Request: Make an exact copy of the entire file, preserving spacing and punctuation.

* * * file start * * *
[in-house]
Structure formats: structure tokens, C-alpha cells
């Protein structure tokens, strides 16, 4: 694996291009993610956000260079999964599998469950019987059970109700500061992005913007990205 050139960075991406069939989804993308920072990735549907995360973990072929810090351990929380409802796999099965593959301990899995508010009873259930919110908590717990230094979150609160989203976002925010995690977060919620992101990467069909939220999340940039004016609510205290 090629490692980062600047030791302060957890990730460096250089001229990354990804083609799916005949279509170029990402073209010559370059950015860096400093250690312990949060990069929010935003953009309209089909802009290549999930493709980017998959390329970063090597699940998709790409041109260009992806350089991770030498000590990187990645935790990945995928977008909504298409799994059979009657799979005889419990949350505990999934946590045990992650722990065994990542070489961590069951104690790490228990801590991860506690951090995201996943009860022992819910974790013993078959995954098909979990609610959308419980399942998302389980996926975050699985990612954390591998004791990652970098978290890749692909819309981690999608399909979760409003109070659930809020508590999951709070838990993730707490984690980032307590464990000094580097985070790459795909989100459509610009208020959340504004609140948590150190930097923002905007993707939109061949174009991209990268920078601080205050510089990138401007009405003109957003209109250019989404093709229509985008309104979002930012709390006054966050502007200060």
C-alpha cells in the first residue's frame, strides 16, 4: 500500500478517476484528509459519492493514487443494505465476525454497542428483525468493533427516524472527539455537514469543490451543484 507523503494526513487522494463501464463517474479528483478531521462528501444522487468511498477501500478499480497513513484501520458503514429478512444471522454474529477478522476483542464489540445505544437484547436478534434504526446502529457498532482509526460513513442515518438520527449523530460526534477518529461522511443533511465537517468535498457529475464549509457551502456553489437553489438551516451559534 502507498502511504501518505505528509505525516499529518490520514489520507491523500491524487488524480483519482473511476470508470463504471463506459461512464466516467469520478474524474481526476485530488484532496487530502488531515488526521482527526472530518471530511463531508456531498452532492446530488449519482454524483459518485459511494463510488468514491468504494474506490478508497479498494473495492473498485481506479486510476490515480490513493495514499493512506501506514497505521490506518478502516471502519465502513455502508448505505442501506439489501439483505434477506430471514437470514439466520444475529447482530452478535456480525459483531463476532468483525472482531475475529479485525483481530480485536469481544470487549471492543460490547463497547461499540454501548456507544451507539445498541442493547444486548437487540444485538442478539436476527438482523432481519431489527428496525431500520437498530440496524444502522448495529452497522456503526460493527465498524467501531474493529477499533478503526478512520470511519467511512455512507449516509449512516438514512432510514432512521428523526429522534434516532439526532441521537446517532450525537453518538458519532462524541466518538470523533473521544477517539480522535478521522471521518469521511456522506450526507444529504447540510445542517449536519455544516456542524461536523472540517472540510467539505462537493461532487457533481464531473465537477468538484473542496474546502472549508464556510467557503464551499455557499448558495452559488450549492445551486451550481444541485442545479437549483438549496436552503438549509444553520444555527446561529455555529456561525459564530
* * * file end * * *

[in-house]
Structure formats: structure tokens, C-alpha cells
């Protein structure tokens, strides 16, 4: 694996291009993610956000260079999964599998469950019987059970109700500061992005913007990205 050139960075991406069939989804993308920072990735549907995360973990072929810090351990929380409802796999099965593959301990899995508010009873259930919110908590717990230094979150609160989203976002925010995690977060919620992101990467069909939220999340940039004016609510205290 090629490692980062600047030791302060957890990730460096250089001229990354990804083609799916005949279509170029990402073209010559370059950015860096400093250690312990949060990069929010935003953009309209089909802009290549999930493709980017998959390329970063090597699940998709790409041109260009992806350089991770030498000590990187990645935790990945995928977008909504298409799994059979009657799979005889419990949350505990999934946590045990992650722990065994990542070489961590069951104690790490228990801590991860506690951090995201996943009860022992819910974790013993078959995954098909979990609610959308419980399942998302389980996926975050699985990612954390591998004791990652970098978290890749692909819309981690999608399909979760409003109070659930809020508590999951709070838990993730707490984690980032307590464990000094580097985070790459795909989100459509610009208020959340504004609140948590150190930097923002905007993707939109061949174009991209990268920078601080205050510089990138401007009405003109957003209109250019989404093709229509985008309104979002930012709390006054966050502007200060």
C-alpha cells in the first residue's frame, strides 16, 4: 500500500478517476484528509459519492493514487443494505465476525454497542428483525468493533427516524472527539455537514469543490451543484 507523503494526513487522494463501464463517474479528483478531521462528501444522487468511498477501500478499480497513513484501520458503514429478512444471522454474529477478522476483542464489540445505544437484547436478534434504526446502529457498532482509526460513513442515518438520527449523530460526534477518529461522511443533511465537517468535498457529475464549509457551502456553489437553489438551516451559534 502507498502511504501518505505528509505525516499529518490520514489520507491523500491524487488524480483519482473511476470508470463504471463506459461512464466516467469520478474524474481526476485530488484532496487530502488531515488526521482527526472530518471530511463531508456531498452532492446530488449519482454524483459518485459511494463510488468514491468504494474506490478508497479498494473495492473498485481506479486510476490515480490513493495514499493512506501506514497505521490506518478502516471502519465502513455502508448505505442501506439489501439483505434477506430471514437470514439466520444475529447482530452478535456480525459483531463476532468483525472482531475475529479485525483481530480485536469481544470487549471492543460490547463497547461499540454501548456507544451507539445498541442493547444486548437487540444485538442478539436476527438482523432481519431489527428496525431500520437498530440496524444502522448495529452497522456503526460493527465498524467501531474493529477499533478503526478512520470511519467511512455512507449516509449512516438514512432510514432512521428523526429522534434516532439526532441521537446517532450525537453518538458519532462524541466518538470523533473521544477517539480522535478521522471521518469521511456522506450526507444529504447540510445542517449536519455544516456542524461536523472540517472540510467539505462537493461532487457533481464531473465537477468538484473542496474546502472549508464556510467557503464551499455557499448558495452559488450549492445551486451550481444541485442545479437549483438549496436552503438549509444553520444555527446561529455555529456561525459564530